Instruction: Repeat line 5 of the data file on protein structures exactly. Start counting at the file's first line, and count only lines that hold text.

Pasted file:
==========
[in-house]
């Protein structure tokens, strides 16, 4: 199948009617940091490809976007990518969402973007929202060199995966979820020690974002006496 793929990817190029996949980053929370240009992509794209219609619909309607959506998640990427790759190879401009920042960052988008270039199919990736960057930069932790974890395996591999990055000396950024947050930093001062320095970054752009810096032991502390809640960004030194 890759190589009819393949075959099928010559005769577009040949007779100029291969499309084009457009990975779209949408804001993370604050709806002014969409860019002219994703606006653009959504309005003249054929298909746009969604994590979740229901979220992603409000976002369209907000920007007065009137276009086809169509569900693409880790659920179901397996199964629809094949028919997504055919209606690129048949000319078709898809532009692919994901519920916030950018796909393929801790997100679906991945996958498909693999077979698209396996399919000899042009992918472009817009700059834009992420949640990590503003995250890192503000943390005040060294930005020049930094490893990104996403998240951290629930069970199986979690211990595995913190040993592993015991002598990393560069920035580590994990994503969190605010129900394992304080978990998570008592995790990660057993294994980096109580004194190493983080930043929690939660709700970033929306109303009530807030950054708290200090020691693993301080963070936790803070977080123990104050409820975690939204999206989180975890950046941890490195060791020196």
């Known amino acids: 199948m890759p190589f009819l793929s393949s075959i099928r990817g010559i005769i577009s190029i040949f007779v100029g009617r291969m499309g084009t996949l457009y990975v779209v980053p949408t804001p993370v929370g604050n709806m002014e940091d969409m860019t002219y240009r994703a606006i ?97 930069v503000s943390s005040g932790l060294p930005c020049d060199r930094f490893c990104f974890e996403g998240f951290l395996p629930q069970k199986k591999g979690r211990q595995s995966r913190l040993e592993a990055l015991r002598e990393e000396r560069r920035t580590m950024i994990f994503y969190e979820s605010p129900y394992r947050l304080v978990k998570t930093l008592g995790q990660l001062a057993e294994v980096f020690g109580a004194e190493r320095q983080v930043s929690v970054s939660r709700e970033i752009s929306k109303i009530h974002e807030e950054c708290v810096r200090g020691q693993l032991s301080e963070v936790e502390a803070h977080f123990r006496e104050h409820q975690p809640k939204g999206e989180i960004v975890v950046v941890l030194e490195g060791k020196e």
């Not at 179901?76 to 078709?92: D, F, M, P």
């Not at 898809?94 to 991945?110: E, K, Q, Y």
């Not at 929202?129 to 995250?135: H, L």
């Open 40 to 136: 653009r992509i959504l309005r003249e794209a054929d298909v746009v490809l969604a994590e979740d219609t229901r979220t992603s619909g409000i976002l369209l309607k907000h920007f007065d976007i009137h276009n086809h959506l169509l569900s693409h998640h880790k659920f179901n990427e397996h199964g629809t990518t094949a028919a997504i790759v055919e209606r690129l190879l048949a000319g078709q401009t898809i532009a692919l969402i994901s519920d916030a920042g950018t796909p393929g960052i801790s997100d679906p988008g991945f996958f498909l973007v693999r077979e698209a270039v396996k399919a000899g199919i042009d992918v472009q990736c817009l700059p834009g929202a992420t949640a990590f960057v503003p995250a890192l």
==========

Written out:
């Not at 898809?94 to 991945?110: E, K, Q, Y």